For the management of cyclothymic disorder, a combination of psychotherapy and medication is often warranted. Common types of psychotherapy for this disorder include cognitive-behavioral therapy and interpersonal and social rhythm therapy. No medications have been approved by the US Food and Drug Administration (FDA) for cyclothymic disorder. However, options may include medications that are typically used to treat bipolar disorder, including mood stabilizers; antipsychotic agents; and, with caution, antidepressants.
In this patient, lamotrigine was started, and the dosage was gradually titrated to 200 mg daily. Lamotrigine is a mood-stabilizing medication that is commonly used in bipolar disorders and, by extension, may have utility in cyclothymic disorder. It is particularly established as a treatment and a preventive measure for bipolar disorder depressive episodes. Thus, it may not fully protect against hypomanic symptoms in cyclothymic disorder. Lamotrigine has a lower expected side-effect burden than many other medications for bipolar disorders.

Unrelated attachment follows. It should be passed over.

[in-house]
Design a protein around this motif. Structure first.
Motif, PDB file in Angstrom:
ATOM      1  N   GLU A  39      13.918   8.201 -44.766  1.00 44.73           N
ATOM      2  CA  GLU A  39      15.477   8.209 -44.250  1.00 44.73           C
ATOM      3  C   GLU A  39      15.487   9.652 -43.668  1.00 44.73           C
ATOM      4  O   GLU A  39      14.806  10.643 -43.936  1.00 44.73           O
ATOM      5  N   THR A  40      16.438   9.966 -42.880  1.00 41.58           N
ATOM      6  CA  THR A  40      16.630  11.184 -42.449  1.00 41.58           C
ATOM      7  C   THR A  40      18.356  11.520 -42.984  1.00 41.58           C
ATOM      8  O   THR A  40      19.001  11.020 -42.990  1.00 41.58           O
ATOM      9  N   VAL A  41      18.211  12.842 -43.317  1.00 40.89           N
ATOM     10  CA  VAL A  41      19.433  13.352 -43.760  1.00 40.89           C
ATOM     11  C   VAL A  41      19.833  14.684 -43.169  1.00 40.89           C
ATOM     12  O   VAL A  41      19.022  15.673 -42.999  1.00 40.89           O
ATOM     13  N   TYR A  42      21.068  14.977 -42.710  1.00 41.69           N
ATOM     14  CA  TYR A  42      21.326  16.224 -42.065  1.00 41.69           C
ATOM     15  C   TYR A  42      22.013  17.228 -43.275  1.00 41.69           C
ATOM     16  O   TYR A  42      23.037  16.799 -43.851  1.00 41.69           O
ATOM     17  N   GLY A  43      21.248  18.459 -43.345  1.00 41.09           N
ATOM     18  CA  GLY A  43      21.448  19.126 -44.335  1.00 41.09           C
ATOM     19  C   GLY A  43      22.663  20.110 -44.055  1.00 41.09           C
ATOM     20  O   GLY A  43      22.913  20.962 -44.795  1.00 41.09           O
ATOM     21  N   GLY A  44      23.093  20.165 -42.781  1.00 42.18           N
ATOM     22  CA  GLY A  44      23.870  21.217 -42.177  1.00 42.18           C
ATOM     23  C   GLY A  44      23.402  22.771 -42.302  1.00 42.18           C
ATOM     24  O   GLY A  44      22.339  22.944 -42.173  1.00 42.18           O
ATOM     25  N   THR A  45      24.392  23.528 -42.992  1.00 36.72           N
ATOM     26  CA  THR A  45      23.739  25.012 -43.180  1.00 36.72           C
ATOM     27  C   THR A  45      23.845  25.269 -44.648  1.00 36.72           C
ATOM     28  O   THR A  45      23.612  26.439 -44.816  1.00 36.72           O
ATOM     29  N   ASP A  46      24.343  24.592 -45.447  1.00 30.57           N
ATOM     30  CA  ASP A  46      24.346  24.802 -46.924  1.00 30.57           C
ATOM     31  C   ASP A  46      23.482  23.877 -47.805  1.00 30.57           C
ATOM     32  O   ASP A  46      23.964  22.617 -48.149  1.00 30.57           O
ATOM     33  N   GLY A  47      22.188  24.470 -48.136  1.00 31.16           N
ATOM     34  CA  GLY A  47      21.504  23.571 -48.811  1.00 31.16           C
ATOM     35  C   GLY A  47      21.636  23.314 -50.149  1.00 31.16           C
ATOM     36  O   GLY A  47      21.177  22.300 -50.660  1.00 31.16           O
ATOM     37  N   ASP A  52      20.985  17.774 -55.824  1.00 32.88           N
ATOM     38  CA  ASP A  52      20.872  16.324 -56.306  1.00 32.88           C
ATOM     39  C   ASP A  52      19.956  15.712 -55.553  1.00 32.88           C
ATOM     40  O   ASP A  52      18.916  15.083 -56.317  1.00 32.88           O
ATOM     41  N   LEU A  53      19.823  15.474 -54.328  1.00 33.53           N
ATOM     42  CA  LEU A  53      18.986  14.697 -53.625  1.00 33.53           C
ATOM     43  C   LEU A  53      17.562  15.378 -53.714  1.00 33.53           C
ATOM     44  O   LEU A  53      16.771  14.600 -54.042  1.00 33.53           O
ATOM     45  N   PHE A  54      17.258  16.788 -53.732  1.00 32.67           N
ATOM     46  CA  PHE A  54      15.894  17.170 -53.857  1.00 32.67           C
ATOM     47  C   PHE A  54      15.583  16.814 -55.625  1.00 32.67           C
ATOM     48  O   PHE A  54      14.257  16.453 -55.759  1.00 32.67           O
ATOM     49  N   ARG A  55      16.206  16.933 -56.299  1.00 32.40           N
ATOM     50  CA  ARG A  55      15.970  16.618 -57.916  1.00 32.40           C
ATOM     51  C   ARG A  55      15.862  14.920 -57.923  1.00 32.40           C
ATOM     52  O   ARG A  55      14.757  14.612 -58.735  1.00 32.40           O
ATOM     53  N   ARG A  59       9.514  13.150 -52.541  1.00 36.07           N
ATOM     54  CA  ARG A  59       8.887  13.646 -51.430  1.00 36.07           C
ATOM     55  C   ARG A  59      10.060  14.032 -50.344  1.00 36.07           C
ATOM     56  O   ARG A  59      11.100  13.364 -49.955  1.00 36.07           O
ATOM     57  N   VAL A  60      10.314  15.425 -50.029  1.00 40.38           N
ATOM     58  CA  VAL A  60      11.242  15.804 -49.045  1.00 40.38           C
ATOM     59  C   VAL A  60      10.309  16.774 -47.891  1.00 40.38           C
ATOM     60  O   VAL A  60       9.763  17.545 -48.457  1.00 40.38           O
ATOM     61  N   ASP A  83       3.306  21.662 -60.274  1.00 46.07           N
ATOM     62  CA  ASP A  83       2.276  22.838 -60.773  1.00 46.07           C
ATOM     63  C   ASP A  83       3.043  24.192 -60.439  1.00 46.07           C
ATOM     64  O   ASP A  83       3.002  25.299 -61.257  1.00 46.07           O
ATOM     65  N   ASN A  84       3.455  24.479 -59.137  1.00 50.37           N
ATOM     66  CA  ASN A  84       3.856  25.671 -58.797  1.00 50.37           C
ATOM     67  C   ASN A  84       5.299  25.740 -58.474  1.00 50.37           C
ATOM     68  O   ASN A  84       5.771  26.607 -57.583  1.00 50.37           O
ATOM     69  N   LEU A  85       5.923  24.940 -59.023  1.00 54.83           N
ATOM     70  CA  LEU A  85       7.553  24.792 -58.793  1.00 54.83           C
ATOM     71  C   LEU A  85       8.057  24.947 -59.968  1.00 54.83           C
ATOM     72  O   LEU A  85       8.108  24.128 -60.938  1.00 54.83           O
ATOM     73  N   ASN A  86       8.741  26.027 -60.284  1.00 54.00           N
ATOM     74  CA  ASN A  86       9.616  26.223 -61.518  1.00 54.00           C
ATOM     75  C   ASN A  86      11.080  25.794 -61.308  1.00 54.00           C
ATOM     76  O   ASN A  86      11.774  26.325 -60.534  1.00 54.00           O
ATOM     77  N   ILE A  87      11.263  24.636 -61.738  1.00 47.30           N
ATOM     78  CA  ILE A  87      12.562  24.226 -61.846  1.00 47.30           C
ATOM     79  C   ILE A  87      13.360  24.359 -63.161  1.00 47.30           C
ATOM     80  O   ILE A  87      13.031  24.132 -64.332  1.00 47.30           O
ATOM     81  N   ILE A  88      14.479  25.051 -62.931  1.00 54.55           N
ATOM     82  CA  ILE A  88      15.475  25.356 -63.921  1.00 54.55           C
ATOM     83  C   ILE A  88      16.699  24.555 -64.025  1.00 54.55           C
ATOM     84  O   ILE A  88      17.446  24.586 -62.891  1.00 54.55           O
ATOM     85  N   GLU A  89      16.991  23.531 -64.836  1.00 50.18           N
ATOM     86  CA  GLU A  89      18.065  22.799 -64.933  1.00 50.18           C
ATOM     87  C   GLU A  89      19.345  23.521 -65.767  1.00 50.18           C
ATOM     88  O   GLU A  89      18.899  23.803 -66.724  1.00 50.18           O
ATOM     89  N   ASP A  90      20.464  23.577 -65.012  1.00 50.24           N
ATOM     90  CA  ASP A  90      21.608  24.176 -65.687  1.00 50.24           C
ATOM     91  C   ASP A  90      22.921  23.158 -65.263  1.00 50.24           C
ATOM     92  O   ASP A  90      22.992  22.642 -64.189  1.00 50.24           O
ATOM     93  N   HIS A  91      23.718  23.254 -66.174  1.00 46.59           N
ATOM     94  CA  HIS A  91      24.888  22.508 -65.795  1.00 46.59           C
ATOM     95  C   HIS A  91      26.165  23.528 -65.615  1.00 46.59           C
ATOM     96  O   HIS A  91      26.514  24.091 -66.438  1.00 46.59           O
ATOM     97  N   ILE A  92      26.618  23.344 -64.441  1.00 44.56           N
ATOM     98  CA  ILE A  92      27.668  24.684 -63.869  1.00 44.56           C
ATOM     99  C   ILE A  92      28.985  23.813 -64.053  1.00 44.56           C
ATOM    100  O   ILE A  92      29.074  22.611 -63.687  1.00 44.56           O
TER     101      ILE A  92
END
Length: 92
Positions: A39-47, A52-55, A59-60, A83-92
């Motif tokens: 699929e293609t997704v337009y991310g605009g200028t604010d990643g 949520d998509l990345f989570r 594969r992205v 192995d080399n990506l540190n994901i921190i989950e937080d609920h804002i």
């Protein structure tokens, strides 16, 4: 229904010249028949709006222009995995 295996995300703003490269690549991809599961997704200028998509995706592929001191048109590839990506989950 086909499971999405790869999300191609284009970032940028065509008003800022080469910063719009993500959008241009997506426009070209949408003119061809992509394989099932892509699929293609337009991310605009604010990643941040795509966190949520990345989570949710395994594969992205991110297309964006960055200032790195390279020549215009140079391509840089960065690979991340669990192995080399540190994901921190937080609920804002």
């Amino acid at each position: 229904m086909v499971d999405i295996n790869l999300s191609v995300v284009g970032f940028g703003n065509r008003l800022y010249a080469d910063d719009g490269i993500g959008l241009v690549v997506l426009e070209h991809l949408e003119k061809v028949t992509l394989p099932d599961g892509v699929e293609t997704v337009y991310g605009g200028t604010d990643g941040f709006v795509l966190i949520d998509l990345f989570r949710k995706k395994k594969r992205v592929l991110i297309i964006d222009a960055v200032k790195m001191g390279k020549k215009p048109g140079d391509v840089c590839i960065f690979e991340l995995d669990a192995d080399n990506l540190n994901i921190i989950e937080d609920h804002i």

This patient also engaged in interpersonal and social rhythm therapy. The combination of medication and psychotherapy allowed her to establish regular daily rhythms that helped to stabilize her mood and to avoid destabilizing triggers.
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Cite this: Claudia L. Reardon. A 22-Year-Old Female College Athlete With Wild Mood Swings - Medscape - Jun 17, 2022.